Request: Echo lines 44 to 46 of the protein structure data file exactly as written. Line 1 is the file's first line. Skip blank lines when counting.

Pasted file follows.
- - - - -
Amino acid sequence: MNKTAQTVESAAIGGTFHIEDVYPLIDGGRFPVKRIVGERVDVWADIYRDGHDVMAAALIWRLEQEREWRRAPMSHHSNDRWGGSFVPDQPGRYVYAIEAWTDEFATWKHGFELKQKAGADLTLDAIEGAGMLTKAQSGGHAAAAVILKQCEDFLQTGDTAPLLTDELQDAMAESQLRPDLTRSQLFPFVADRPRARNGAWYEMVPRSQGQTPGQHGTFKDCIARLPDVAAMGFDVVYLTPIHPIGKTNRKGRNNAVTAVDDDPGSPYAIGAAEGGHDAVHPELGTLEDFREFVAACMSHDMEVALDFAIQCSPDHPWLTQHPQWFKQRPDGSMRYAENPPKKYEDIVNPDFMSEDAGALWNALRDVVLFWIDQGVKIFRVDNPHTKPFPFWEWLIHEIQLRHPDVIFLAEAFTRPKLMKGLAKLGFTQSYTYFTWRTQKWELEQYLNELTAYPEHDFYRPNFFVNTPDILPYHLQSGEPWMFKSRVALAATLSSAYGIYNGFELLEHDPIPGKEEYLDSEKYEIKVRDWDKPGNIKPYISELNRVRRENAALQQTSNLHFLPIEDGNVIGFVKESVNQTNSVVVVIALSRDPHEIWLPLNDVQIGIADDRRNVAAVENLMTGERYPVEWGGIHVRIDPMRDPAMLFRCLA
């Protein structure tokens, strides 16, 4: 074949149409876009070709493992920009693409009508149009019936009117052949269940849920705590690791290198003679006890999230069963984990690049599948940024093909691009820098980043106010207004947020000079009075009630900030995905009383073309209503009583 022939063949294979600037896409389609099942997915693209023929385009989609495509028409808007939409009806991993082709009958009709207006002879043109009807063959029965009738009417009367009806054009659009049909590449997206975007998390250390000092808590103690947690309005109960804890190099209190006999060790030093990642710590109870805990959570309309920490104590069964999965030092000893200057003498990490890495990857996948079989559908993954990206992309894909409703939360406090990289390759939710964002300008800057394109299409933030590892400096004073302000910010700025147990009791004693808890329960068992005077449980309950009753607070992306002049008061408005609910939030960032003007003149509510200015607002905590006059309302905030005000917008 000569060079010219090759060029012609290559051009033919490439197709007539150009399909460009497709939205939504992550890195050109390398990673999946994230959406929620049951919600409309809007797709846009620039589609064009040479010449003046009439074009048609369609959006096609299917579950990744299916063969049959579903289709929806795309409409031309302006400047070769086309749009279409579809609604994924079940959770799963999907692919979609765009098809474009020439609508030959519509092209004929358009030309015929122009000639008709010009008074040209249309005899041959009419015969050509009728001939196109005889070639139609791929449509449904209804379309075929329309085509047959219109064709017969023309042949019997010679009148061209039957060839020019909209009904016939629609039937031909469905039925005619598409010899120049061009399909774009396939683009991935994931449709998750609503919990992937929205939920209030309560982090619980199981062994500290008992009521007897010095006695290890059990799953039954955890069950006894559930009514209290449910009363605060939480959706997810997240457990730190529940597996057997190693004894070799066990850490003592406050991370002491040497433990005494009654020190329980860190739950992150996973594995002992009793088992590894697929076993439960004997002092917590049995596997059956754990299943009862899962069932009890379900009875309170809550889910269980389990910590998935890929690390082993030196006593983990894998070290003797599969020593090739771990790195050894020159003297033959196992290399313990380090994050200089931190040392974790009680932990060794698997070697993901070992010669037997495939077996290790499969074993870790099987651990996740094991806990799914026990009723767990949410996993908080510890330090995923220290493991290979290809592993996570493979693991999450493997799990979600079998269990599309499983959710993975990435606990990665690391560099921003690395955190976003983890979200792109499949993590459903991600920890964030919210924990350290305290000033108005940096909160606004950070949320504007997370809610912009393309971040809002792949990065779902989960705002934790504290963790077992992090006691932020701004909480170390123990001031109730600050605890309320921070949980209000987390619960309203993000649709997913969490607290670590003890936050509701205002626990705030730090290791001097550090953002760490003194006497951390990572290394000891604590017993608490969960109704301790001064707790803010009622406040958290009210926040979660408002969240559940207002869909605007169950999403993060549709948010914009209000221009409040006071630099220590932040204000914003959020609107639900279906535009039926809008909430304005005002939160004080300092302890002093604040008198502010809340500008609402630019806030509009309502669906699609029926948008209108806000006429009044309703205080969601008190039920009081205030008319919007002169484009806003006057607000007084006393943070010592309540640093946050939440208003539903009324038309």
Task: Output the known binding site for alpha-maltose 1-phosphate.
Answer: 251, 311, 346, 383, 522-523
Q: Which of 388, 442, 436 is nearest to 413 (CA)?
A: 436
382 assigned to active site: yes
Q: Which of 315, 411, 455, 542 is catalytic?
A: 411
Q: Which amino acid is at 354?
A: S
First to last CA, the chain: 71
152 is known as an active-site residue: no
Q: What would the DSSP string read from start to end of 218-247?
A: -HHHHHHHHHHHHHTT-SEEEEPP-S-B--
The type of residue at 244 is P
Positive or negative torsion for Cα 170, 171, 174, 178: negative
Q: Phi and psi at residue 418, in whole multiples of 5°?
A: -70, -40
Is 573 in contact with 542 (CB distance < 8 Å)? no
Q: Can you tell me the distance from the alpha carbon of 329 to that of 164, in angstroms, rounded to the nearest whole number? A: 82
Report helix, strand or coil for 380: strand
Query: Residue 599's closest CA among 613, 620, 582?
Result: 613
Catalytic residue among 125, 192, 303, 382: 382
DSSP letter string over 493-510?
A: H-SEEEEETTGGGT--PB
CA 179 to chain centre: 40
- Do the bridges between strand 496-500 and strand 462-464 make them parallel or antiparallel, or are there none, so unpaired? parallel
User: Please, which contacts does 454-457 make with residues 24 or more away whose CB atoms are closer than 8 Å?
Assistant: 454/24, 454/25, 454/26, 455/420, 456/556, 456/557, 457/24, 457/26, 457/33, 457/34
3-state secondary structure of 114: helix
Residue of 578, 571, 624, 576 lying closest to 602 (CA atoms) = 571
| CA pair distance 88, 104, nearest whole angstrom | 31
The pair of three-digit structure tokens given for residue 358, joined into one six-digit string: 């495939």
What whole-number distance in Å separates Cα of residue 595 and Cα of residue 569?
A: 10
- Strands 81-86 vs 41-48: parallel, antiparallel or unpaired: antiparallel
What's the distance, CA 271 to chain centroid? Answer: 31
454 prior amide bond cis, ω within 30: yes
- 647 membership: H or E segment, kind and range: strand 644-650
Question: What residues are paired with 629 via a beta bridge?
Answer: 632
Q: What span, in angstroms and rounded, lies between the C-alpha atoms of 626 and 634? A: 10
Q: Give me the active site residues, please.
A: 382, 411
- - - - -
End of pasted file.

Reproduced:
Q: What span, in angstroms and rounded, lies between the C-alpha atoms of 626 and 634? A: 10
Q: Give me the active site residues, please.
A: 382, 411